Bill and I were leaving the first house we bought together. I thought saying goodbye to the house would be different than the apartments I left in the past. I thought I would have more pangs of conscience. I thought I would miss the space, the light, and the backyard menagerie that entertained me daily. It turned out that I was so busy in the final days at the house, I only thought about it sporadically.
I like to believe that when you purchase property, you simply agree to be the custodian of that property. We had already moved so many of our belongings out of the house, it no longer felt like our property. What it felt like was the place we were preparing for the next custodians.
To me, the idea is to leave a place better than you found it. To be honest, the custodians before us, the family that built the home in 1986, did a splendid job in building a solid structure with wonderful flow. They sold us the opportunity to enjoy the fruits of their labor.
Most of what we did to the house during our tenure seemed simple and cosmetic: paint, a kitchen renovation, bathroom renovations, closet upgrades and new garage cabinets. We added a bay window to the formal living room and an exercise room to the basement. We even changed the way the heating system functioned. One of our last projects was to replace the roof. We thought we would live under that roof for a few more years, but we moved within a year instead.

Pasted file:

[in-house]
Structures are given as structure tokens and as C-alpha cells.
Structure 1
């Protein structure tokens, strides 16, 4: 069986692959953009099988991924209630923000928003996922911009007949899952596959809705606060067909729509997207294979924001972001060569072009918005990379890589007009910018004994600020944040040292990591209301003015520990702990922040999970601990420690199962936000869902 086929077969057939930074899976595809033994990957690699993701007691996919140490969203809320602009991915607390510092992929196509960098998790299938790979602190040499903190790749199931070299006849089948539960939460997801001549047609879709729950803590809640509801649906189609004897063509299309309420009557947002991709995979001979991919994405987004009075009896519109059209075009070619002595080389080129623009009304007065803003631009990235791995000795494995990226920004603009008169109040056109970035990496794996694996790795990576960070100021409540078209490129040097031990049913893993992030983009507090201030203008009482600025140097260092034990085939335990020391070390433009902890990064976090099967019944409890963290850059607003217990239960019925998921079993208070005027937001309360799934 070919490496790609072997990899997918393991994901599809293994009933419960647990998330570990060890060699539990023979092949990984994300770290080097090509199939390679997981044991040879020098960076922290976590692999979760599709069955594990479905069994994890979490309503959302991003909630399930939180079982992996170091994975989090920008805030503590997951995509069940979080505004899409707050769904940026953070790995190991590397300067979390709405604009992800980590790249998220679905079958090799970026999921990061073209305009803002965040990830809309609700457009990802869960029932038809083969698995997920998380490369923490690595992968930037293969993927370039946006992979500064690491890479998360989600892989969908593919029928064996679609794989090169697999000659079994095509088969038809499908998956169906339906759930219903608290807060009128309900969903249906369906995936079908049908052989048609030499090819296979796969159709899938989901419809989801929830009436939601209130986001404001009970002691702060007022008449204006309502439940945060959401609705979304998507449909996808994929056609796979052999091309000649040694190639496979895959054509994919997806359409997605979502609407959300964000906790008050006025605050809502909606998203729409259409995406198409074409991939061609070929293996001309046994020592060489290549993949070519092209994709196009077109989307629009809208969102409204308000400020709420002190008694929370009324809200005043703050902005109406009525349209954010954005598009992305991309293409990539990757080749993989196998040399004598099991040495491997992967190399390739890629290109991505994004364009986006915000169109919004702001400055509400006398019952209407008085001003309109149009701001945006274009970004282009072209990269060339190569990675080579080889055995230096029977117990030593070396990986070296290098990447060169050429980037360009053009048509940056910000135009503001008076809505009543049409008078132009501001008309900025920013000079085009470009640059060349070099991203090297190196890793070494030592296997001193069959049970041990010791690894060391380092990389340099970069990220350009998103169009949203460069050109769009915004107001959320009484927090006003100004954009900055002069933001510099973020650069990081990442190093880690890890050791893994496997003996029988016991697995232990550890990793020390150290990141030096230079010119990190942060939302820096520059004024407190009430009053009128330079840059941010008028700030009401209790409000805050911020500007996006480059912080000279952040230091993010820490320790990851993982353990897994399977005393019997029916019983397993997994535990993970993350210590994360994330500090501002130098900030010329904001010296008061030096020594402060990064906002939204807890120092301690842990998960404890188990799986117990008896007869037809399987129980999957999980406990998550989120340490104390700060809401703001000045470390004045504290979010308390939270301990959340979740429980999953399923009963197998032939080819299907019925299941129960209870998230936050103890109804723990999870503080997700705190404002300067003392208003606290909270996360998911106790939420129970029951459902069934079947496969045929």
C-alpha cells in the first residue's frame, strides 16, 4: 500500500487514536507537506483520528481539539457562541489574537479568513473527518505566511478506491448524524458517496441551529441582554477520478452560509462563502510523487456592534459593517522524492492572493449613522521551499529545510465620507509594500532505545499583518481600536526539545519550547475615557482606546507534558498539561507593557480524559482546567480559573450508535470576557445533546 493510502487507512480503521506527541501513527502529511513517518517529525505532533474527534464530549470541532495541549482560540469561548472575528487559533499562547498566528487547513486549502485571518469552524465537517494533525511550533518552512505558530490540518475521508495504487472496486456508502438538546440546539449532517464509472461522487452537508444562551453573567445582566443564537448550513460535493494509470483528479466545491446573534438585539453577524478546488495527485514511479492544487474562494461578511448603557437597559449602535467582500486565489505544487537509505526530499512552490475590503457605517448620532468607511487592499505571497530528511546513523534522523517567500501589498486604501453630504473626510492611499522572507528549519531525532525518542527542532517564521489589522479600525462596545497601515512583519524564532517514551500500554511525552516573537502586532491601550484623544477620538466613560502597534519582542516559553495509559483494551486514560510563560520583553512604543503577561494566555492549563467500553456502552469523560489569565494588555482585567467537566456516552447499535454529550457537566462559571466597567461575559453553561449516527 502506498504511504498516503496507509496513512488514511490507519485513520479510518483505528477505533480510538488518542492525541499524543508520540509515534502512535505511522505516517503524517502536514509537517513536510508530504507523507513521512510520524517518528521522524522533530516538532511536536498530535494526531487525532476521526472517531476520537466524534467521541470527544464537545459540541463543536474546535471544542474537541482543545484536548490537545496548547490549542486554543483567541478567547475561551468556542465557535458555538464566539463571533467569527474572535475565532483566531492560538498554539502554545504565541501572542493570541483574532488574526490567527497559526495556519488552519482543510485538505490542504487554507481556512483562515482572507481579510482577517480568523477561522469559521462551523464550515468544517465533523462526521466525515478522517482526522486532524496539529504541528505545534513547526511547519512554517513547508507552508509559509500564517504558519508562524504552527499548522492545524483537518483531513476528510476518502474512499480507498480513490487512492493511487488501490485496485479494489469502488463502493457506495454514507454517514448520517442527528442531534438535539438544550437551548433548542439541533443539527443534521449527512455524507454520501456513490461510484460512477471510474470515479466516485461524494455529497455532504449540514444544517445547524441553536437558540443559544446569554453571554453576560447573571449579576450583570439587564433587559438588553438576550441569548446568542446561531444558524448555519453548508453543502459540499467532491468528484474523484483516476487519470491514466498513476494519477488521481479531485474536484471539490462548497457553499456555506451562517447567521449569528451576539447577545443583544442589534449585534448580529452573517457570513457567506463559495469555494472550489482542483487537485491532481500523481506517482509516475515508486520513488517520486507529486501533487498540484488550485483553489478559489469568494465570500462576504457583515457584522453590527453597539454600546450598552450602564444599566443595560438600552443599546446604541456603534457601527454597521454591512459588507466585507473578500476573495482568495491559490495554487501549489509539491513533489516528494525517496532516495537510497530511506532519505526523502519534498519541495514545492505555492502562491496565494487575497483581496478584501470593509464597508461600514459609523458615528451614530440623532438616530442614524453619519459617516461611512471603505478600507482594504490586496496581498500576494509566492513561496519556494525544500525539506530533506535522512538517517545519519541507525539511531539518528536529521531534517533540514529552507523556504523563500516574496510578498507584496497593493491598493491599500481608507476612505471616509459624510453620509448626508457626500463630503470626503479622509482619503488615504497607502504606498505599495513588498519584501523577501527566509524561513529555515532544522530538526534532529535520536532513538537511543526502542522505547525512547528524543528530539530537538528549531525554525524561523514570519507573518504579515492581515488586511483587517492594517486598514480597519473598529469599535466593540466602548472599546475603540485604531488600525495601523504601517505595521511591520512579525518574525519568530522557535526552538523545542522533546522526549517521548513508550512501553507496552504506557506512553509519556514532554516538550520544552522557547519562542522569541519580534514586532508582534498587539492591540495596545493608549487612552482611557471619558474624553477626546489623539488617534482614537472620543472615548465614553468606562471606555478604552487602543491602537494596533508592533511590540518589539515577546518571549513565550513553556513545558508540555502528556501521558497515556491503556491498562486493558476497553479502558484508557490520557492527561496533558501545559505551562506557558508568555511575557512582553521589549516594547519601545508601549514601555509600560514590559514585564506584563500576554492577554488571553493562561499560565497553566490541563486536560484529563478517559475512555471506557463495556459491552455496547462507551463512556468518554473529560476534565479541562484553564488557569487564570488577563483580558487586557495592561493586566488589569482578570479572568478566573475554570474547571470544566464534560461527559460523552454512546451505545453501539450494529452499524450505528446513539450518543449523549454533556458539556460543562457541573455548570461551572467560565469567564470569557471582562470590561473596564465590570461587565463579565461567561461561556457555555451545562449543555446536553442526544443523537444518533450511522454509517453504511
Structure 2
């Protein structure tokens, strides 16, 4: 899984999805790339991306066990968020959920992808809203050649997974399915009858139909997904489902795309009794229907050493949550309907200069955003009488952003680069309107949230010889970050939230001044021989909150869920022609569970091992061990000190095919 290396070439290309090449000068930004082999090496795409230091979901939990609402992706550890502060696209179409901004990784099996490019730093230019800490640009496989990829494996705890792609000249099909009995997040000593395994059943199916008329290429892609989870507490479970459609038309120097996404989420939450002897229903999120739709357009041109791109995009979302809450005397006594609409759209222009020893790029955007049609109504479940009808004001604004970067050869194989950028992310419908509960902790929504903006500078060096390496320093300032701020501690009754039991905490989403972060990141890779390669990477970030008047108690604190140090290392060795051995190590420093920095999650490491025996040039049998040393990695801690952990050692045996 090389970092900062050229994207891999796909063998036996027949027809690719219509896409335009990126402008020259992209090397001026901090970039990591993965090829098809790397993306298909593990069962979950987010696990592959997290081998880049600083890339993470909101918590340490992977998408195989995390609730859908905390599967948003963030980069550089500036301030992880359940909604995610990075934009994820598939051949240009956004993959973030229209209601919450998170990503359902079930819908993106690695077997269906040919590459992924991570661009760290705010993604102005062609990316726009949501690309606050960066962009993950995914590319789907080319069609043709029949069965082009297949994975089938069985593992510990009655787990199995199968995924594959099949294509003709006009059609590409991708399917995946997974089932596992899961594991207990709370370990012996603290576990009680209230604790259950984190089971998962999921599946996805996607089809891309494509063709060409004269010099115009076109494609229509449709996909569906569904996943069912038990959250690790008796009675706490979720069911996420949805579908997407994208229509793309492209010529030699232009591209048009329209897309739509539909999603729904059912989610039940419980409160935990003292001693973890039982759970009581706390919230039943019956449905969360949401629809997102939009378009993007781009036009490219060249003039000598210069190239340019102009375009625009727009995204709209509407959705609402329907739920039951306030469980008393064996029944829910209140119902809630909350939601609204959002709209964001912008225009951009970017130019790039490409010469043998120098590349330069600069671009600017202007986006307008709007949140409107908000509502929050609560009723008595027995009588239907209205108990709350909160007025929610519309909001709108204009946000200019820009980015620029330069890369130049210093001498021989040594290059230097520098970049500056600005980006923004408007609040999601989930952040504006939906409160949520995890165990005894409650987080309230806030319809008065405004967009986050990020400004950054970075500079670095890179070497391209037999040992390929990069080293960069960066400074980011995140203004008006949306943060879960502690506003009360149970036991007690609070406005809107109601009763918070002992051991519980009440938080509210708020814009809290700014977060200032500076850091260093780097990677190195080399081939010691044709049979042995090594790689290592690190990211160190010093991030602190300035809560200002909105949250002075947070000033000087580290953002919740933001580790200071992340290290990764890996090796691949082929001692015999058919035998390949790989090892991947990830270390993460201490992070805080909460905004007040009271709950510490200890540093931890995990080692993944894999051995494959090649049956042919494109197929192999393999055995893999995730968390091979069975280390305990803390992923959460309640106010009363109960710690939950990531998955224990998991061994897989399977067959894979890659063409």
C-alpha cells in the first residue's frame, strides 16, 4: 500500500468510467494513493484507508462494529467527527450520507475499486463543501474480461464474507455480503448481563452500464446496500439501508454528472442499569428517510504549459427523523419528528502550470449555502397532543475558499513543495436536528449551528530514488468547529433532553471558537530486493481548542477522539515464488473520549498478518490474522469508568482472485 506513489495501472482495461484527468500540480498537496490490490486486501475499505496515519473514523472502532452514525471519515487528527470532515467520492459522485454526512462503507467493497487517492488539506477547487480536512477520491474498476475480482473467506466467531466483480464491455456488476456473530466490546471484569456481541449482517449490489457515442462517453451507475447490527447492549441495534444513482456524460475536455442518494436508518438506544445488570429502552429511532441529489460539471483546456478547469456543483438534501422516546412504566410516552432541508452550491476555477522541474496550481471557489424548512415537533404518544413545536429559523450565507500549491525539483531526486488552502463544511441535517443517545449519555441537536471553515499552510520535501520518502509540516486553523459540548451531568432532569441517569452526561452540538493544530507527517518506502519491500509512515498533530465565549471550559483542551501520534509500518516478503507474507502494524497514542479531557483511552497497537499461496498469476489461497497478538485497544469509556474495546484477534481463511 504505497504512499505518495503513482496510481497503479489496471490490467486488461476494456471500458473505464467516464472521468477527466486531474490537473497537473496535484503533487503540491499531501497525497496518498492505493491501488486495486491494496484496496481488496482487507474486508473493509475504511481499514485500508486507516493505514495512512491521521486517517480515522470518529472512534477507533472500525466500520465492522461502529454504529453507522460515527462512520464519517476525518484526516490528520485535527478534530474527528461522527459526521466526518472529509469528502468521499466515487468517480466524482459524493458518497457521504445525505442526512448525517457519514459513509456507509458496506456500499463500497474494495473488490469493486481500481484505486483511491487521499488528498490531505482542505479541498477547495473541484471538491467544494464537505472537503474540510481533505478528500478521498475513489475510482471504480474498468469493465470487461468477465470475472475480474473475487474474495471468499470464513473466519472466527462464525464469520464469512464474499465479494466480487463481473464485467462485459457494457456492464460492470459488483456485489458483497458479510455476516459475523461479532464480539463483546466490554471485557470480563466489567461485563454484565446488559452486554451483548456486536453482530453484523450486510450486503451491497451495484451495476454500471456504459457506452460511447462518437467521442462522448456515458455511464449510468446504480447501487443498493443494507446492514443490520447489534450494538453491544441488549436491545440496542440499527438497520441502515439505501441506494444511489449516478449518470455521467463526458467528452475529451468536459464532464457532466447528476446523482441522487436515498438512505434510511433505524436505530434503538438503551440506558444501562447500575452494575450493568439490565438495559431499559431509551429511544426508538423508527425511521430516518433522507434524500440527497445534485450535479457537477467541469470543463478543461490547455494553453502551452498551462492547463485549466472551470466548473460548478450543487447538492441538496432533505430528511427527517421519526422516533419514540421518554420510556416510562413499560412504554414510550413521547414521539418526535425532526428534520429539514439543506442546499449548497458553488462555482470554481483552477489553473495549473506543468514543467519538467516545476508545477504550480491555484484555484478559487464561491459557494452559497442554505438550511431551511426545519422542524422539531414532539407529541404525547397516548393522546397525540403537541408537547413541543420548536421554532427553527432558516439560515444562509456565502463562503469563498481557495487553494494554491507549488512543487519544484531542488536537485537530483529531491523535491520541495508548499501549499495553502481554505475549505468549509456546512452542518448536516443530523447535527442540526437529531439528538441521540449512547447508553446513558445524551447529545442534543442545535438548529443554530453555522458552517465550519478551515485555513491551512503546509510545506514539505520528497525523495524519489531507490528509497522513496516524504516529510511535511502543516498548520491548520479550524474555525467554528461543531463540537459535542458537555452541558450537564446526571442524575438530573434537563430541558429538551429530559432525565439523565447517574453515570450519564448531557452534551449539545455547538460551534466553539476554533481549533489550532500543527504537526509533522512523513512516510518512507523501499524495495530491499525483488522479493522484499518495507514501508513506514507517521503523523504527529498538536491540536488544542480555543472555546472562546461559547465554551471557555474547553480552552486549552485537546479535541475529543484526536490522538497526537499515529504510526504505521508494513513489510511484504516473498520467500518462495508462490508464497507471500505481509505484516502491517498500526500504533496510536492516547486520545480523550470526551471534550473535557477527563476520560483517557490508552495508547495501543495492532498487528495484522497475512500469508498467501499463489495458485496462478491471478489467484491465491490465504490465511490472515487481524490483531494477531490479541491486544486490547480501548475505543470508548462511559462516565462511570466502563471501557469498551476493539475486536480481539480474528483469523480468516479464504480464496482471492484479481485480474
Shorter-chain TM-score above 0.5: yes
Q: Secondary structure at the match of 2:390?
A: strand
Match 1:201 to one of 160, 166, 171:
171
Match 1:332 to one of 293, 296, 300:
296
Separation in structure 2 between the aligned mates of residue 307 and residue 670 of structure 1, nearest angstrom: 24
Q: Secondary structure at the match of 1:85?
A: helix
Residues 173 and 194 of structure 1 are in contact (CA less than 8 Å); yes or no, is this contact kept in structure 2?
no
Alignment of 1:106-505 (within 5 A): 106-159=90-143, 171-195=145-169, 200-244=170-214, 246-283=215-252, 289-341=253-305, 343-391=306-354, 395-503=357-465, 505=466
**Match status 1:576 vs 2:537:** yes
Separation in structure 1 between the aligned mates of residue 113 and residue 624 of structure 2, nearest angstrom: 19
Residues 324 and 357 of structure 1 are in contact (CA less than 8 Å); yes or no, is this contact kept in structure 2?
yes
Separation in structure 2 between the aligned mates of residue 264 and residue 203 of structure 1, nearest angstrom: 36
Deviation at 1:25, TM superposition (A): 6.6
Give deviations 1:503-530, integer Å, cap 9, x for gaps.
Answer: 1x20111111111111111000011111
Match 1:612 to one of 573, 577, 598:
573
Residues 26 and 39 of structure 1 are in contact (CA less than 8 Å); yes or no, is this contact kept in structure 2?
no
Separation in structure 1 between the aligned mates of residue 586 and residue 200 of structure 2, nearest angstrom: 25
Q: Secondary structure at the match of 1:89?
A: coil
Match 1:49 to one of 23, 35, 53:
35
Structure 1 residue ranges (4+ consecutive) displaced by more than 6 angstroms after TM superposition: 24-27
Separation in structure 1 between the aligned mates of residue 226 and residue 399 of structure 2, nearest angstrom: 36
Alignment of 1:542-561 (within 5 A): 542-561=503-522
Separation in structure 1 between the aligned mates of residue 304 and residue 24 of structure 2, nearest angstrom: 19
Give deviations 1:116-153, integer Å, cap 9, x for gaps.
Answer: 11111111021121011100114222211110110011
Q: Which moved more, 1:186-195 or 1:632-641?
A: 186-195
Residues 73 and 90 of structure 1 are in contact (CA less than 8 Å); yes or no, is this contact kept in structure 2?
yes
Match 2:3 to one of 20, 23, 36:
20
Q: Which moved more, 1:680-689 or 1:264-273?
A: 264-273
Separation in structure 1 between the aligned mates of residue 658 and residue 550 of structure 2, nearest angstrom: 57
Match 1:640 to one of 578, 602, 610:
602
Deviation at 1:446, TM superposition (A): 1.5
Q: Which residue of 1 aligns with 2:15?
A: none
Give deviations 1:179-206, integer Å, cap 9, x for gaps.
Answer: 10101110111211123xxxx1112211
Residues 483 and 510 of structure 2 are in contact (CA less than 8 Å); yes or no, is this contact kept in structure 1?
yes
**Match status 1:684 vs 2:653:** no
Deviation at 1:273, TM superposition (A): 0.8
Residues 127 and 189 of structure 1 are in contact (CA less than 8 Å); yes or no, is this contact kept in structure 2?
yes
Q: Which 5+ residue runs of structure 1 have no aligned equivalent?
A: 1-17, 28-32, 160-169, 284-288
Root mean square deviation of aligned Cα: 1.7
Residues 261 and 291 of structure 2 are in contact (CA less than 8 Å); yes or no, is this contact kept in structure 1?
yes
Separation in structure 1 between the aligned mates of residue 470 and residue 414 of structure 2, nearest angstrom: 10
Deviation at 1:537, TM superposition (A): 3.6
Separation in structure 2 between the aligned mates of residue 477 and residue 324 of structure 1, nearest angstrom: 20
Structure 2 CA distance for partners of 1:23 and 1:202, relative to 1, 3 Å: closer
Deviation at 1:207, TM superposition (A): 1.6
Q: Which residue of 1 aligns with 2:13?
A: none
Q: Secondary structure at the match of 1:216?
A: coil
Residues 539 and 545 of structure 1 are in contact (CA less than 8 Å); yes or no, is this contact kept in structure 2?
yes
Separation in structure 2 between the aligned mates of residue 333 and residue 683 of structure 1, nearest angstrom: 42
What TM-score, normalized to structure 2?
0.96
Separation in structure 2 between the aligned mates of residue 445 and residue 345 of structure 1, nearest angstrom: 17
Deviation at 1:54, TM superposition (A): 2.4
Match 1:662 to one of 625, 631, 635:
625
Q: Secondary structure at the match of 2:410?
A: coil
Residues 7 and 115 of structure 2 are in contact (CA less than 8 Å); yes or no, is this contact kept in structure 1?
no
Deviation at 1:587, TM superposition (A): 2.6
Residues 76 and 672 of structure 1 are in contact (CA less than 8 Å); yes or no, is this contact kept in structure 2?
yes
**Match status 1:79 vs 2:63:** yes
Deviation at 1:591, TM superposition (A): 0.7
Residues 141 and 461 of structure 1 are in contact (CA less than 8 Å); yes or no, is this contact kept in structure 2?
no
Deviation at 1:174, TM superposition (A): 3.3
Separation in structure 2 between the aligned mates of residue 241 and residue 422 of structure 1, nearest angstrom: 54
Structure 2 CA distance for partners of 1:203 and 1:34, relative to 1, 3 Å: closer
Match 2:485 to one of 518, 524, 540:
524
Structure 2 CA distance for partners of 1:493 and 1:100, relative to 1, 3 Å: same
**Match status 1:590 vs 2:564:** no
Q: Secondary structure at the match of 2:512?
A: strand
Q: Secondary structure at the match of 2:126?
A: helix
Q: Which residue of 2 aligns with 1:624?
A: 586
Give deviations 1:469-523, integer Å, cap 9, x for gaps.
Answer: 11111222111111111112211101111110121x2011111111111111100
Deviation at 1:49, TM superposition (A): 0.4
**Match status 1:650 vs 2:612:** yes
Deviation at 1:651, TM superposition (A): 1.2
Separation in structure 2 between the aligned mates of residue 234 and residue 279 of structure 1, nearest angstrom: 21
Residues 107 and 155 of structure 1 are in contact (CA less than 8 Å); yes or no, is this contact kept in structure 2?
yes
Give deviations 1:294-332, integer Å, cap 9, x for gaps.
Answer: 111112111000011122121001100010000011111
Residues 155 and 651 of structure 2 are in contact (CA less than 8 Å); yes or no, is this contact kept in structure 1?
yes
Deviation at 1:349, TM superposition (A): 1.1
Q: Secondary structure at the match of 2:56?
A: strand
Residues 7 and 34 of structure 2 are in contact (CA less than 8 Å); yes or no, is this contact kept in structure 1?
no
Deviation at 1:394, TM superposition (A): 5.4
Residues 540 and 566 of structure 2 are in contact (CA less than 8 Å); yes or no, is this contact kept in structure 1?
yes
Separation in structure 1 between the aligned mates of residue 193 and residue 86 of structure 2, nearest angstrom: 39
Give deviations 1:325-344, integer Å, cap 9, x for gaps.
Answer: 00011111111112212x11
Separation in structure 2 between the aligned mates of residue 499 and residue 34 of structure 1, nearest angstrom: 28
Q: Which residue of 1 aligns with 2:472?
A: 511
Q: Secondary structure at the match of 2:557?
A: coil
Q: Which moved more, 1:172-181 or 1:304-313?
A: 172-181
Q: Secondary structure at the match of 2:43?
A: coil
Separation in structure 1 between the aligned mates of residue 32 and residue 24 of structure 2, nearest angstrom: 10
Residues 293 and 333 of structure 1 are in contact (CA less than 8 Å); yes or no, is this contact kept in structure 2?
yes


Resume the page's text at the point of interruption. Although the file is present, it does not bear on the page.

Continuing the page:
We had additional projects in mind, but they were small, and the next owner might choose to tackle them differently than we would. In spite of all that we invested in the house, the time, the money, the energy, and the love, we knew it was time to leave.
Saying goodbye to the house was not hard. But we didn’t build the house, raise a family there, or inherit a relative’s devotion to it. We chose it because we liked it. We bought it because it was in a neighborhood that was beautiful and quiet and located near to where we worked.
What was hard was saying goodbye to the neighbors. They were lovely people. They looked out for one another without being overly invasive. They kept an eye on each others’ kids. They invited us to their homes, waved and chatted with us on the street, and now came by to say how much they’d miss us as neighbors.
I know we will remain in touch with some of them, but nothing can replace the day-to-day closeness of neighbors. Once you move out of the neighborhood, you can come back to visit, but it doesn’t feel the same. It’s their neighborhood now, not ours.
On the other hand, a new neighborhood brings fresh friendships, new experiences, and reinvigoration. We were ready for that. Almost.
This blog post is part of a series called Downsizing. It is the chronicle of moving from a 2475 square foot home to one approximately half its size during the first six months of 2016. It takes place in New Cumberland, Pennsylvania.